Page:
Companies are exploring new methods of communicating in a way that helps eliminate Zoom fatigue. This desire for an advanced approach to connecting workers has been echoed across organizations such as Google and WeWork, and it may be reality sooner than expected.
Holograms in the workplace may seem far-fetched, but Google recently revealed details about Project Starline, its effort to create a video-chat system that gives participants a three-dimensional experience.
Additionally, WeWork announced a partnership with hologram technology firm ARHT Media Inc. to incorporate holograms across 100 of the coworking company’s buildings.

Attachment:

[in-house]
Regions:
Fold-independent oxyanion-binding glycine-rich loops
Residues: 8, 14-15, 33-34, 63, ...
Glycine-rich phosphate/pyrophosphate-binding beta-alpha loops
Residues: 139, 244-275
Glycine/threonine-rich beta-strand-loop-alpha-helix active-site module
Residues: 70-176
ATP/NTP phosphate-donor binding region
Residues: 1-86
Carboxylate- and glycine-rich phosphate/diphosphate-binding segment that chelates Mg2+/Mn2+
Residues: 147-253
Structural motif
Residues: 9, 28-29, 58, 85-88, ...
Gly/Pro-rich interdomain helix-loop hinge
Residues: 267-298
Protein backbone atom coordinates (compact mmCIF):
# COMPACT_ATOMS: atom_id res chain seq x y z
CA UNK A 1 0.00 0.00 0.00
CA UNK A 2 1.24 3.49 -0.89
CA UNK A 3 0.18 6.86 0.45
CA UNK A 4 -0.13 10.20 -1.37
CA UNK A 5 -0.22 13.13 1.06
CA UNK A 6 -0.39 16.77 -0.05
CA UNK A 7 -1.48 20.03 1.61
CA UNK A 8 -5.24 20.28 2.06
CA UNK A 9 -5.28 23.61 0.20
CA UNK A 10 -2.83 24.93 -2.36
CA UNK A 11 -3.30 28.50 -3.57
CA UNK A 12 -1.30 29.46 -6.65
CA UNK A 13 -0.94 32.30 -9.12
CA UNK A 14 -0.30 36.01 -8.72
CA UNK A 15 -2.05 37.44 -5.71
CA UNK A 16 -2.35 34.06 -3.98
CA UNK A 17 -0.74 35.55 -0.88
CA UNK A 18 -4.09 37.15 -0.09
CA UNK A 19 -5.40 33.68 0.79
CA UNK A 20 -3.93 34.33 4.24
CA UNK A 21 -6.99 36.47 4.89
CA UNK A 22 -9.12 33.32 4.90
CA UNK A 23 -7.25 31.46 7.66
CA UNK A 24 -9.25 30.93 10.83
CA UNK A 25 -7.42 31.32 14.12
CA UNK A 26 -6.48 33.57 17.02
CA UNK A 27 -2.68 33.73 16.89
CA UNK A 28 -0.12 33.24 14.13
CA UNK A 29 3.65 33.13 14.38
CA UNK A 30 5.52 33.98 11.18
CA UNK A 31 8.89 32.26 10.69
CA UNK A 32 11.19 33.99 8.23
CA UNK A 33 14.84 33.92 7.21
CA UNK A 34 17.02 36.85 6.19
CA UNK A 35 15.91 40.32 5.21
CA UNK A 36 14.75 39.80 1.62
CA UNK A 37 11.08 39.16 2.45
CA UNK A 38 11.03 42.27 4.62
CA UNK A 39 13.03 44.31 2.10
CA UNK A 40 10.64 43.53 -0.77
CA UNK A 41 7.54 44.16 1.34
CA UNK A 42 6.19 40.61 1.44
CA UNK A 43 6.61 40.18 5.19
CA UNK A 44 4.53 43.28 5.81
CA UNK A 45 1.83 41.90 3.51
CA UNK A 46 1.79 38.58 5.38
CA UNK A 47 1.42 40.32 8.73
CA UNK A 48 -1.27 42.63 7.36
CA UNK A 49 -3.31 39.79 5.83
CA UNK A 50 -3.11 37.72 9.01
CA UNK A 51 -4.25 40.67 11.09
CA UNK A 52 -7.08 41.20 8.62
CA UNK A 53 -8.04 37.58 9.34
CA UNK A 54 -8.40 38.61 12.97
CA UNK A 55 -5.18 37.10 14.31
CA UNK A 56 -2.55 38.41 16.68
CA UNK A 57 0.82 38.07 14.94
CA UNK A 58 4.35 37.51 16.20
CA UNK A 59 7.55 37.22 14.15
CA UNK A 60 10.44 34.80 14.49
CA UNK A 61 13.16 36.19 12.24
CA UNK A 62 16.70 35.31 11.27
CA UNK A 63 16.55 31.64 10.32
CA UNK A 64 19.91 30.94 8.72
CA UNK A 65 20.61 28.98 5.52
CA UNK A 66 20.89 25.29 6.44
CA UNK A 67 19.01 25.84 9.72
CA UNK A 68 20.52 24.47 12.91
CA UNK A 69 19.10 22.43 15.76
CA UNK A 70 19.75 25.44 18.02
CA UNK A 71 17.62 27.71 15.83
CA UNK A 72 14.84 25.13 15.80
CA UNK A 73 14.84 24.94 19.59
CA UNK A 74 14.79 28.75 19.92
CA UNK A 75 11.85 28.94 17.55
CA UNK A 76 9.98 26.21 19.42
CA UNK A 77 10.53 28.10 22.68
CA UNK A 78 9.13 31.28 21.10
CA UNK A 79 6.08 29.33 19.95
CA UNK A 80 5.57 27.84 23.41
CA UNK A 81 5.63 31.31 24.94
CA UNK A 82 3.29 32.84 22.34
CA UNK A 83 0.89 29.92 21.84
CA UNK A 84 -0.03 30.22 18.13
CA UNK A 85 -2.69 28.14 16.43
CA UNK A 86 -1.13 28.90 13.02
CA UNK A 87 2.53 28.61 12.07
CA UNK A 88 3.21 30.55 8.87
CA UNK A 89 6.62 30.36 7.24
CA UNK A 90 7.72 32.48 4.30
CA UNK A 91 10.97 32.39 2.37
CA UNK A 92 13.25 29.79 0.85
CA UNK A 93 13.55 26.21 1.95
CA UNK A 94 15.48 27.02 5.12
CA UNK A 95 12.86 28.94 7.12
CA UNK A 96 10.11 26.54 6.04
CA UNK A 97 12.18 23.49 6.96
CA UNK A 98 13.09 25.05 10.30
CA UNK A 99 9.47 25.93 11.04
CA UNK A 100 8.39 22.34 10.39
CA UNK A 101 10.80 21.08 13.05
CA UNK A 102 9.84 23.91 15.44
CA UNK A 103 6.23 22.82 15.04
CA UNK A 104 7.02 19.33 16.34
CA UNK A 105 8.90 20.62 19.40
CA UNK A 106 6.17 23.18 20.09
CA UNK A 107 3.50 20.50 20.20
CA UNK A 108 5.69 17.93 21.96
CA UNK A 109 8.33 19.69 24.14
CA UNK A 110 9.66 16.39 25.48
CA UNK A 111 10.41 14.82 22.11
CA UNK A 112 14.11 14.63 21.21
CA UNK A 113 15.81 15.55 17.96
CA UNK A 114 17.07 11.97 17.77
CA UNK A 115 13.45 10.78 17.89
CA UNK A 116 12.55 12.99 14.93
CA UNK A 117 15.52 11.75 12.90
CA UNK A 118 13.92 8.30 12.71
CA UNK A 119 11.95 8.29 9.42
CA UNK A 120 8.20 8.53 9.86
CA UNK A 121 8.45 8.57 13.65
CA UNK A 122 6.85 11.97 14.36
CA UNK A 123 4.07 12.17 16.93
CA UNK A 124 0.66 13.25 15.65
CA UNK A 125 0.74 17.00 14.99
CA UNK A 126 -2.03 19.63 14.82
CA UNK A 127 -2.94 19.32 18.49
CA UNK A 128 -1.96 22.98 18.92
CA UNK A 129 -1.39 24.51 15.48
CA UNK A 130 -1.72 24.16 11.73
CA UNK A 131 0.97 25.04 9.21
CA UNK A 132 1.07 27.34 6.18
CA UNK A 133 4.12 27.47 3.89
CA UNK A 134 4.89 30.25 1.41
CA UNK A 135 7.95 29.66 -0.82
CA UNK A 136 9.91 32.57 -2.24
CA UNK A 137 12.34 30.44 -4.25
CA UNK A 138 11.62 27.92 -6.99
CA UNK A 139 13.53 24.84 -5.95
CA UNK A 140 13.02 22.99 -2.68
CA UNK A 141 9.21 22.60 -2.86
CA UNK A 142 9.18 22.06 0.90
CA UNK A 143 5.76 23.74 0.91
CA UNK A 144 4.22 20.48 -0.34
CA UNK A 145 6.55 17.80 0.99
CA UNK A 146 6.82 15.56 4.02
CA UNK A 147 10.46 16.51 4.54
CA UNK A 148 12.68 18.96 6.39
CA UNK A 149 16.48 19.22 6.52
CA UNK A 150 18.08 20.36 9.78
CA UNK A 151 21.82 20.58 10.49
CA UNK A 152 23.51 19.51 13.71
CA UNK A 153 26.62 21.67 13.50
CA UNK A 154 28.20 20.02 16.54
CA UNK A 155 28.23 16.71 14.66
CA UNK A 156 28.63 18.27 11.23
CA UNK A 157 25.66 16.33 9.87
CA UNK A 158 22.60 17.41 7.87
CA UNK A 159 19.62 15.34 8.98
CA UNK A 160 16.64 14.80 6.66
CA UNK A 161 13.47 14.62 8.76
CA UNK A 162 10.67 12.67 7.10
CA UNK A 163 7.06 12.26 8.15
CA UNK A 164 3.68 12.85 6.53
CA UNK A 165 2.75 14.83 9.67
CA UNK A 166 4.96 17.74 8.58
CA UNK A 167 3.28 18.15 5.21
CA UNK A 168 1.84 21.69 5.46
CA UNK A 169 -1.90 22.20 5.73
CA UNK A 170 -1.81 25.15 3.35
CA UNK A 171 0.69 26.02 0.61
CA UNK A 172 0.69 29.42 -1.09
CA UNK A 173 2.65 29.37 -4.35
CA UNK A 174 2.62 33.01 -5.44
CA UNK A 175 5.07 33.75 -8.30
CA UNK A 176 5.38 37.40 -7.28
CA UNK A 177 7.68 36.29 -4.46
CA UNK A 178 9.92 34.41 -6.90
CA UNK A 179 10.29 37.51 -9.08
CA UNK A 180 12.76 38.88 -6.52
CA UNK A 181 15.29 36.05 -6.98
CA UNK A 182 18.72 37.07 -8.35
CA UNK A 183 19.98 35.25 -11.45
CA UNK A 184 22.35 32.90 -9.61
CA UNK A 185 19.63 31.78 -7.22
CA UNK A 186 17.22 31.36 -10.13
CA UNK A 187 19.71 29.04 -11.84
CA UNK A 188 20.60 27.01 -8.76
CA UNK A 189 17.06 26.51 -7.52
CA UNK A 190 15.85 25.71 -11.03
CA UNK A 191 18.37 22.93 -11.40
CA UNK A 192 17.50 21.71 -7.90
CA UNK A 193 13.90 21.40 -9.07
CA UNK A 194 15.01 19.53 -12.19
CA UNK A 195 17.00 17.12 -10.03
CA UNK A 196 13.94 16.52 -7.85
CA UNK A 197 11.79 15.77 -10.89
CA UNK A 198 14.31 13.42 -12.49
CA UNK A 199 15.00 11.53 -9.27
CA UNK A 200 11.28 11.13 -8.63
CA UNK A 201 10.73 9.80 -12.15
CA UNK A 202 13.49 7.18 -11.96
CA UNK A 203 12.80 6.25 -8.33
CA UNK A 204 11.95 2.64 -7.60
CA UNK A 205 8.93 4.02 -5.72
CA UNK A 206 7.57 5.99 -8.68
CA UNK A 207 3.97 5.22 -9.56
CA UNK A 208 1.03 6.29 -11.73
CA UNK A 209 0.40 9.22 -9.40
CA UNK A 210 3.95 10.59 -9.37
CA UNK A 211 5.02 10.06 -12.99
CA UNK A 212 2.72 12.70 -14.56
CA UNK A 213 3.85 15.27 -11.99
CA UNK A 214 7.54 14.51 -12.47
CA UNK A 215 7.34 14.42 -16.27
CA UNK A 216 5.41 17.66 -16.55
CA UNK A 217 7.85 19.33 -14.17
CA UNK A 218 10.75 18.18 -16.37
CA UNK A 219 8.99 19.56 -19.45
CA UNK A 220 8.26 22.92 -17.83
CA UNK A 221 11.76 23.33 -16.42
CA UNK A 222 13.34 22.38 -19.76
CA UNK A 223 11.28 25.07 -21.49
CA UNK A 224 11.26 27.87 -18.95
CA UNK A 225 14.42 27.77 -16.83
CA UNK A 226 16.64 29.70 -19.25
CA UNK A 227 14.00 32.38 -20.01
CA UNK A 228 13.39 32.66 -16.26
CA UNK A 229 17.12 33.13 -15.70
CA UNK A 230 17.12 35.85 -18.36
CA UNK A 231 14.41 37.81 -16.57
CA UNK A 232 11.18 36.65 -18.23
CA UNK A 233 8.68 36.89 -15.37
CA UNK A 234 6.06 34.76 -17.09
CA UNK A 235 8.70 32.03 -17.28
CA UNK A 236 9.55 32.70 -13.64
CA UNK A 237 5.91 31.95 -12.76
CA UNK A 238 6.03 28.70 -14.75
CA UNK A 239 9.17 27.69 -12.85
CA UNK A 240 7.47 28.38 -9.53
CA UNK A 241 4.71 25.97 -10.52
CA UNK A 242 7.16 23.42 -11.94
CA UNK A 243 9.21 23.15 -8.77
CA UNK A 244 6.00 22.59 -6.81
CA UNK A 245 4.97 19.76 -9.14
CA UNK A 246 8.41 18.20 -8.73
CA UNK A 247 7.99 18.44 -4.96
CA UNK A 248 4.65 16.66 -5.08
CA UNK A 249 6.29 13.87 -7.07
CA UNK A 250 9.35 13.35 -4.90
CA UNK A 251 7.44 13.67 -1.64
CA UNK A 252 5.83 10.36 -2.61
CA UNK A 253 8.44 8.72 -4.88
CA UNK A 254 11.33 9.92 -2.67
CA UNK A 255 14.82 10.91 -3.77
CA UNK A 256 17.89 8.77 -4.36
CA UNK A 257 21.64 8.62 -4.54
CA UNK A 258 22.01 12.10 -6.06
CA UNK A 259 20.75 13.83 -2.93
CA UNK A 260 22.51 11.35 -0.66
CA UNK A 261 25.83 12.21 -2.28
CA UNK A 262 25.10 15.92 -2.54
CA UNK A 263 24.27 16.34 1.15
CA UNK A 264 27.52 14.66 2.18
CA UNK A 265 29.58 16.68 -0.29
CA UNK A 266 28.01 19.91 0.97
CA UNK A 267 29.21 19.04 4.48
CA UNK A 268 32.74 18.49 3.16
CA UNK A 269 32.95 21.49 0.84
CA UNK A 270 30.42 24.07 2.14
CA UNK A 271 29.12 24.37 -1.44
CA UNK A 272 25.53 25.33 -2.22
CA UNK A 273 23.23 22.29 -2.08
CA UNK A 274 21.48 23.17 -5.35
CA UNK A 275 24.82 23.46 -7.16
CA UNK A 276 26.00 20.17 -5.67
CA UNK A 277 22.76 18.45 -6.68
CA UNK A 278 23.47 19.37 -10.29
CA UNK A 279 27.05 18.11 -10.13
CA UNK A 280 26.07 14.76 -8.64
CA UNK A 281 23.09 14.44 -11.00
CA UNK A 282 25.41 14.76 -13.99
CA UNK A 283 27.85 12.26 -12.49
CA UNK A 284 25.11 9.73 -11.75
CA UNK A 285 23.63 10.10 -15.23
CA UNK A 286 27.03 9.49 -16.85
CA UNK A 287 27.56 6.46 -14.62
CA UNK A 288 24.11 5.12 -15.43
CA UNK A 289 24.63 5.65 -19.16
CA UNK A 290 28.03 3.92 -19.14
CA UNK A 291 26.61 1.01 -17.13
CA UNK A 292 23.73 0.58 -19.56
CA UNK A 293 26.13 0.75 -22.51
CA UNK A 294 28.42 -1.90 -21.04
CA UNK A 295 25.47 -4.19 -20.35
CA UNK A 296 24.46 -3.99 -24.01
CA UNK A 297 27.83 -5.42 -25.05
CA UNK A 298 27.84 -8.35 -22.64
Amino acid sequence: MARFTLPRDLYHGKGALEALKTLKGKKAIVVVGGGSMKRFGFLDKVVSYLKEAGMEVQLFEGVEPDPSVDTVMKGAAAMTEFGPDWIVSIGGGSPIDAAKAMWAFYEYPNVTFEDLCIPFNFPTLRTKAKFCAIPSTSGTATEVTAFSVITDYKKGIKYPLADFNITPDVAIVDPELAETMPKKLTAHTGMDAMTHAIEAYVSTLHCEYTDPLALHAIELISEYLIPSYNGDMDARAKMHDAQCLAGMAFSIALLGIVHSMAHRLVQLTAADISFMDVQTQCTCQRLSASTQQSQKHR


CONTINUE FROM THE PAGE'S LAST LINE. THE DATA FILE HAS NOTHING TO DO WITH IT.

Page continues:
“There’s Zoom fatigue, there’s a lot of friction to being on video all day—it is exhausting,” said Brianne Kimmel, founder and managing partner of WorkLife Ventures, a venture-capital firm that focuses on future of work technologies.
Companies had been experimenting with the idea of holograms prior to the pandemic, but the past year or so has accelerated the need for this type of technology. Using holograms, companies are hoping to improve new hybrid arrangements.
Still, this advanced technology has limitations. According to Kanishka Chauhan, a principal research analyst at Gartner, most workplace holograms are best used for recorded events, training sessions or seminars.